In the preferred embodiment, it is important to note that the serial output is always fed back from shift bit 00 to shift bit 255 and not from the output of the tap latch 88. However, it could be fed back from the tap point. With feedback from shift bit 00, the tap latch can be activated to select the output from any one of the shift bits in the shift register 86 without affecting the order in which the data circulates. For example, shift bit 64 could be selected as the output shift bit such that the first bit appearing on the output would be the data initially stored in shift bit 64, followed by the data initially stored in the remaining shift bits 65-255. However, as the shift clocks continue to shift data, the data stored in shift bit 255 is followed with the data initially stored in shift bit 00. In this manner, the initial order of the data stored in the shift register 86 can be maintained independent of the tap position.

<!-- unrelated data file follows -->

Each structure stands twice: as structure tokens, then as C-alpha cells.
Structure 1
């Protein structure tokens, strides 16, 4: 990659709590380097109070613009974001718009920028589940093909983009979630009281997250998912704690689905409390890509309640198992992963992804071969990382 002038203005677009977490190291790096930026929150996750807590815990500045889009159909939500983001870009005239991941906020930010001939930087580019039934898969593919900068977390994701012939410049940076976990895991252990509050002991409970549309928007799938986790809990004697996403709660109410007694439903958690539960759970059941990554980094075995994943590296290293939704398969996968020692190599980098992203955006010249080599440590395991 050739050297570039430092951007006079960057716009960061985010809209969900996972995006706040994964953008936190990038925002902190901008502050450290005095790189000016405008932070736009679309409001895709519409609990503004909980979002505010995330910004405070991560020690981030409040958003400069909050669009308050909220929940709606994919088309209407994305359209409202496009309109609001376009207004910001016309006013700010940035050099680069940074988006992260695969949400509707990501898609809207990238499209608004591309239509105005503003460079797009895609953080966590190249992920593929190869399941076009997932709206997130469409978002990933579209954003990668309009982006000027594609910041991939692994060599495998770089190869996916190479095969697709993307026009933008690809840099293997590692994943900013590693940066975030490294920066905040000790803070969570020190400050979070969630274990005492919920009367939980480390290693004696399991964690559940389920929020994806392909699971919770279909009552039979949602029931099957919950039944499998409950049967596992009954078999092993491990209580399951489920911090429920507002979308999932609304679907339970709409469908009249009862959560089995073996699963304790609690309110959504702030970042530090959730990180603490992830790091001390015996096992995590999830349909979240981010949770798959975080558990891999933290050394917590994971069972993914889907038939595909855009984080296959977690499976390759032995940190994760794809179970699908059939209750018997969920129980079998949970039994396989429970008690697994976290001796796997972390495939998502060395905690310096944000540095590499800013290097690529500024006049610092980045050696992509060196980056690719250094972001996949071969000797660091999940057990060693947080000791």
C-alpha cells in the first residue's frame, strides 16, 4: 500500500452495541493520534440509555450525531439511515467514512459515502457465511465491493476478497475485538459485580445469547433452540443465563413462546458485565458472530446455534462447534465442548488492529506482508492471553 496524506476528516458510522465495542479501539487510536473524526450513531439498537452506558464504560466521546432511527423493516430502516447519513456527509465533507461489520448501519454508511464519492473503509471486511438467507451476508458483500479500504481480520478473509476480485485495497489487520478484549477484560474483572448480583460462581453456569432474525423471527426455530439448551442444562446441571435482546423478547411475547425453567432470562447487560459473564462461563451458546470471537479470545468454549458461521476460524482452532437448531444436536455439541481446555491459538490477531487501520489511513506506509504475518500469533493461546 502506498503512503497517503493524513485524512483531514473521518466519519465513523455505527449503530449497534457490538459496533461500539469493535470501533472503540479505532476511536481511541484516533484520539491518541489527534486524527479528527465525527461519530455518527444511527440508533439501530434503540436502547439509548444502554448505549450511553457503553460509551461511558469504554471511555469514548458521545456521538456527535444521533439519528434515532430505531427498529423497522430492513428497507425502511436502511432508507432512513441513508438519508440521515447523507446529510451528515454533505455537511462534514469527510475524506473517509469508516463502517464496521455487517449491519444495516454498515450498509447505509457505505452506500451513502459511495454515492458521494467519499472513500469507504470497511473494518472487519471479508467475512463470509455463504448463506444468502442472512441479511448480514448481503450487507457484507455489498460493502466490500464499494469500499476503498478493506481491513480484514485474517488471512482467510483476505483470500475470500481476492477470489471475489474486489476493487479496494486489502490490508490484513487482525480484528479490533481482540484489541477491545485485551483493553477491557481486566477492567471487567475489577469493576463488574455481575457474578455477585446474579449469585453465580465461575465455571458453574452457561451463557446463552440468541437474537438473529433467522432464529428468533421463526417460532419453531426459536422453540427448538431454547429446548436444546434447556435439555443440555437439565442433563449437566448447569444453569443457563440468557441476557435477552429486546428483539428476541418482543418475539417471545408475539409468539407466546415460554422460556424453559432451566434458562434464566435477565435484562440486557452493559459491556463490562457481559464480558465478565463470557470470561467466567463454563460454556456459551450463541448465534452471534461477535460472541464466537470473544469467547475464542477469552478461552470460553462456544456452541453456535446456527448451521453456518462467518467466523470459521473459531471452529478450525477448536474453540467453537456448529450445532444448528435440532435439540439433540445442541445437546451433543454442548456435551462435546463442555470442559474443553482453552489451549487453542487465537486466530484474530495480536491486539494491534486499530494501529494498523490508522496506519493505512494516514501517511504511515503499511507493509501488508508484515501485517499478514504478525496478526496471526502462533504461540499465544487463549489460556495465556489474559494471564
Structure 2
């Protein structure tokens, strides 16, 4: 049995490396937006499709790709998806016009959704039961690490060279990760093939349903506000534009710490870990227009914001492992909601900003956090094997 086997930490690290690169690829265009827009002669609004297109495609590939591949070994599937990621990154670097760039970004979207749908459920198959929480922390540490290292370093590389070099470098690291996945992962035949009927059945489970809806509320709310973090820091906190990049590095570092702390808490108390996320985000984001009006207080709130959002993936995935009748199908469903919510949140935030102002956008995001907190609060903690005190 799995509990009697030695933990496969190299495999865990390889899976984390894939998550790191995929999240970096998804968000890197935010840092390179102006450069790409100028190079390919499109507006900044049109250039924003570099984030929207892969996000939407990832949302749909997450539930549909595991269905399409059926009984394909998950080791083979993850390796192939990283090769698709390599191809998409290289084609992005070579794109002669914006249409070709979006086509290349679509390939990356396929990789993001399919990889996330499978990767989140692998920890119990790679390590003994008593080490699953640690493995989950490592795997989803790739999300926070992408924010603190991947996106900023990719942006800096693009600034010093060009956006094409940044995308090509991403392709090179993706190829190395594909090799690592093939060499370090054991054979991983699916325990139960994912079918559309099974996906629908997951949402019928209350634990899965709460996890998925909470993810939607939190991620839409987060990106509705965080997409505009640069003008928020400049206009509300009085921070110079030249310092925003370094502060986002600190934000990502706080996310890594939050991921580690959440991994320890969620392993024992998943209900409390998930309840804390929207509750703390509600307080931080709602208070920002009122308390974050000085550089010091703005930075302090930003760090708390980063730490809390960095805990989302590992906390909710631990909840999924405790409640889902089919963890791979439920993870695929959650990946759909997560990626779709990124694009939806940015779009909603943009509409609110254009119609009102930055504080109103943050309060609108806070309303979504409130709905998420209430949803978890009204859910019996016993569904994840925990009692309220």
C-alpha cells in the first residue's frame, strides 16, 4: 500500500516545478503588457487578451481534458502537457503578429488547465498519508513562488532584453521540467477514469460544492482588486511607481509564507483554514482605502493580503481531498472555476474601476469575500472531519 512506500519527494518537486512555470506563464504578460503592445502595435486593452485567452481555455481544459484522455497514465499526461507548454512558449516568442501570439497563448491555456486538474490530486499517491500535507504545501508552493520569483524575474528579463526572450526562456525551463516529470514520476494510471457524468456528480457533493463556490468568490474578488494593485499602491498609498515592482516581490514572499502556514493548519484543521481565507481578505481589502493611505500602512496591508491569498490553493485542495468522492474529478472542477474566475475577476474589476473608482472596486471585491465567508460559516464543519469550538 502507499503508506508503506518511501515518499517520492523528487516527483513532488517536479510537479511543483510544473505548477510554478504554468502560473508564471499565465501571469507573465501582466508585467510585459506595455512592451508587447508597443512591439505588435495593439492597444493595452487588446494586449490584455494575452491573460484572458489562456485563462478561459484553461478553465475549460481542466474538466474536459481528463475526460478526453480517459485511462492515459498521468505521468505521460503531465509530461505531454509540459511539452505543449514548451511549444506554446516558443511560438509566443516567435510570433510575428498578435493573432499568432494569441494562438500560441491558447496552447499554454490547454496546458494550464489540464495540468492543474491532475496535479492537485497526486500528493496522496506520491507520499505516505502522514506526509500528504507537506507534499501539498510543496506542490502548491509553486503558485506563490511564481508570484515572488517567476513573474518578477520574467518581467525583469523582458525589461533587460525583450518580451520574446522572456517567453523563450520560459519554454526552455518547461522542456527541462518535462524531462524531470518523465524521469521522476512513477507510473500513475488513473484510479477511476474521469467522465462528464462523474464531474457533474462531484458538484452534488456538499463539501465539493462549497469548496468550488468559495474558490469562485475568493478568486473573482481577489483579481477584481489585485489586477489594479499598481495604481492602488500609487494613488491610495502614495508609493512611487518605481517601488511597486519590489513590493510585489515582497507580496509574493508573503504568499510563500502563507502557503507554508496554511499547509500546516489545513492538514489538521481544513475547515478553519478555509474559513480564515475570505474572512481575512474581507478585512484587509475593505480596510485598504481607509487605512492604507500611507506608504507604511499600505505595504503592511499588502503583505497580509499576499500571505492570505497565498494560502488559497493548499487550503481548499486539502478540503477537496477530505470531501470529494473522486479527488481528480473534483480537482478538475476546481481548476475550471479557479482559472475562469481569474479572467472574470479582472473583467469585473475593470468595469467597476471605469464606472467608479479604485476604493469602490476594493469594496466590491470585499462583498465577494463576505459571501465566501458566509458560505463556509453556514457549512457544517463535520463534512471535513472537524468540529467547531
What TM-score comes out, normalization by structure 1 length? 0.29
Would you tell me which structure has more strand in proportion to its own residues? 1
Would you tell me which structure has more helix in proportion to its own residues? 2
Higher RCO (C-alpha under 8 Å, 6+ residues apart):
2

A counter (not shown) counts the number of shift clocks to provide a count output. The external microprocessor which controls the memory provides a reset for the counter on transfer of data to the shift register 86 and then monitors the count. The microprocessor can then transfer data back to the memory at a predetermined count delayed by a predetermined number of shifts. For example, if it is desirable to shift all of the data in a given row of memory by one pixel, it would only be necessary to count 255 counts of the shift clock from the initial position and then transfer the data to the bit lines. This would effectively shift the data by one.